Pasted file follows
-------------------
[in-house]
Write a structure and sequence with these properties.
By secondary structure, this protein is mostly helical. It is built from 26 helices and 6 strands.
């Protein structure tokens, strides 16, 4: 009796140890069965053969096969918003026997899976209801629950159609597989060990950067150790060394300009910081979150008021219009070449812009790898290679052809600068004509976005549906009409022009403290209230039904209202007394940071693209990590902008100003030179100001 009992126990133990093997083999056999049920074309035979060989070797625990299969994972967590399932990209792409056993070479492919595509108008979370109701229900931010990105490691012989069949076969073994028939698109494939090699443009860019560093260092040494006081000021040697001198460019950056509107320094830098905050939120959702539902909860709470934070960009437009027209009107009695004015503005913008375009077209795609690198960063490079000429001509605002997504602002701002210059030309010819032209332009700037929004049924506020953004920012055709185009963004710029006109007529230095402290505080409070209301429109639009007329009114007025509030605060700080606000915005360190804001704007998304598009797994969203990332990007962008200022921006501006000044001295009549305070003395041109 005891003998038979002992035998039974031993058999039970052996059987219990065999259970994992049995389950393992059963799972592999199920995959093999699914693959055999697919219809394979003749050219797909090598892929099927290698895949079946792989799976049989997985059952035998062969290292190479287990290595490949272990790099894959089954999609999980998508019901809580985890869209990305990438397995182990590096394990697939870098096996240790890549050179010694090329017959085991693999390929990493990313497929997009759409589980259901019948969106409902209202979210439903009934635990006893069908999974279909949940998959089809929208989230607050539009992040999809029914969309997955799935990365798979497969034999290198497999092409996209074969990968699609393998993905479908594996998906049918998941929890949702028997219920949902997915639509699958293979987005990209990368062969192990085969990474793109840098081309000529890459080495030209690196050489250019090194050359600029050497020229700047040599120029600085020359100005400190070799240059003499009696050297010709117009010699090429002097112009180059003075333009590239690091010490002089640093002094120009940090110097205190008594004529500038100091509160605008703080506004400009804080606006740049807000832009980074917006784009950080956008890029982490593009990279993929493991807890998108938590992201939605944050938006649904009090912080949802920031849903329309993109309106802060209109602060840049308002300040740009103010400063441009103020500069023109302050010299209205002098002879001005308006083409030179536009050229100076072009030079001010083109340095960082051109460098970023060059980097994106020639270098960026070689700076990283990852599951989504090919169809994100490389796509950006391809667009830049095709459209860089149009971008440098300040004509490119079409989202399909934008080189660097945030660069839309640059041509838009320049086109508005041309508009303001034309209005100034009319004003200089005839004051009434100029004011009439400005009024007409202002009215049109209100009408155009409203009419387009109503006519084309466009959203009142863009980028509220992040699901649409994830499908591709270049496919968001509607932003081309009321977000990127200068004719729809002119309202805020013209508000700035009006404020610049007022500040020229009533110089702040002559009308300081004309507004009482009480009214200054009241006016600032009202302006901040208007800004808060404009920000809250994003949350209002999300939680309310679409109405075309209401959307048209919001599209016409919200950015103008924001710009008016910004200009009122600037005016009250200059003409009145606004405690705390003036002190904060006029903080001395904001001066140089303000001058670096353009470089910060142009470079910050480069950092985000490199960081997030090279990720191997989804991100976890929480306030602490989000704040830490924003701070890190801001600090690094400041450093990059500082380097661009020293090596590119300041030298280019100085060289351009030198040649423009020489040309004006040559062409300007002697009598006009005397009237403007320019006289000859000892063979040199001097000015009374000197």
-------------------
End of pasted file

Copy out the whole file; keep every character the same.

[in-house]
Write a structure and sequence with these properties.
By secondary structure, this protein is mostly helical. It is built from 26 helices and 6 strands.
């Protein structure tokens, strides 16, 4: 009796140890069965053969096969918003026997899976209801629950159609597989060990950067150790060394300009910081979150008021219009070449812009790898290679052809600068004509976005549906009409022009403290209230039904209202007394940071693209990590902008100003030179100001 009992126990133990093997083999056999049920074309035979060989070797625990299969994972967590399932990209792409056993070479492919595509108008979370109701229900931010990105490691012989069949076969073994028939698109494939090699443009860019560093260092040494006081000021040697001198460019950056509107320094830098905050939120959702539902909860709470934070960009437009027209009107009695004015503005913008375009077209795609690198960063490079000429001509605002997504602002701002210059030309010819032209332009700037929004049924506020953004920012055709185009963004710029006109007529230095402290505080409070209301429109639009007329009114007025509030605060700080606000915005360190804001704007998304598009797994969203990332990007962008200022921006501006000044001295009549305070003395041109 005891003998038979002992035998039974031993058999039970052996059987219990065999259970994992049995389950393992059963799972592999199920995959093999699914693959055999697919219809394979003749050219797909090598892929099927290698895949079946792989799976049989997985059952035998062969290292190479287990290595490949272990790099894959089954999609999980998508019901809580985890869209990305990438397995182990590096394990697939870098096996240790890549050179010694090329017959085991693999390929990493990313497929997009759409589980259901019948969106409902209202979210439903009934635990006893069908999974279909949940998959089809929208989230607050539009992040999809029914969309997955799935990365798979497969034999290198497999092409996209074969990968699609393998993905479908594996998906049918998941929890949702028997219920949902997915639509699958293979987005990209990368062969192990085969990474793109840098081309000529890459080495030209690196050489250019090194050359600029050497020229700047040599120029600085020359100005400190070799240059003499009696050297010709117009010699090429002097112009180059003075333009590239690091010490002089640093002094120009940090110097205190008594004529500038100091509160605008703080506004400009804080606006740049807000832009980074917006784009950080956008890029982490593009990279993929493991807890998108938590992201939605944050938006649904009090912080949802920031849903329309993109309106802060209109602060840049308002300040740009103010400063441009103020500069023109302050010299209205002098002879001005308006083409030179536009050229100076072009030079001010083109340095960082051109460098970023060059980097994106020639270098960026070689700076990283990852599951989504090919169809994100490389796509950006391809667009830049095709459209860089149009971008440098300040004509490119079409989202399909934008080189660097945030660069839309640059041509838009320049086109508005041309508009303001034309209005100034009319004003200089005839004051009434100029004011009439400005009024007409202002009215049109209100009408155009409203009419387009109503006519084309466009959203009142863009980028509220992040699901649409994830499908591709270049496919968001509607932003081309009321977000990127200068004719729809002119309202805020013209508000700035009006404020610049007022500040020229009533110089702040002559009308300081004309507004009482009480009214200054009241006016600032009202302006901040208007800004808060404009920000809250994003949350209002999300939680309310679409109405075309209401959307048209919001599209016409919200950015103008924001710009008016910004200009009122600037005016009250200059003409009145606004405690705390003036002190904060006029903080001395904001001066140089303000001058670096353009470089910060142009470079910050480069950092985000490199960081997030090279990720191997989804991100976890929480306030602490989000704040830490924003701070890190801001600090690094400041450093990059500082380097661009020293090596590119300041030298280019100085060289351009030198040649423009020489040309004006040559062409300007002697009598006009005397009237403007320019006289000859000892063979040199001097000015009374000197």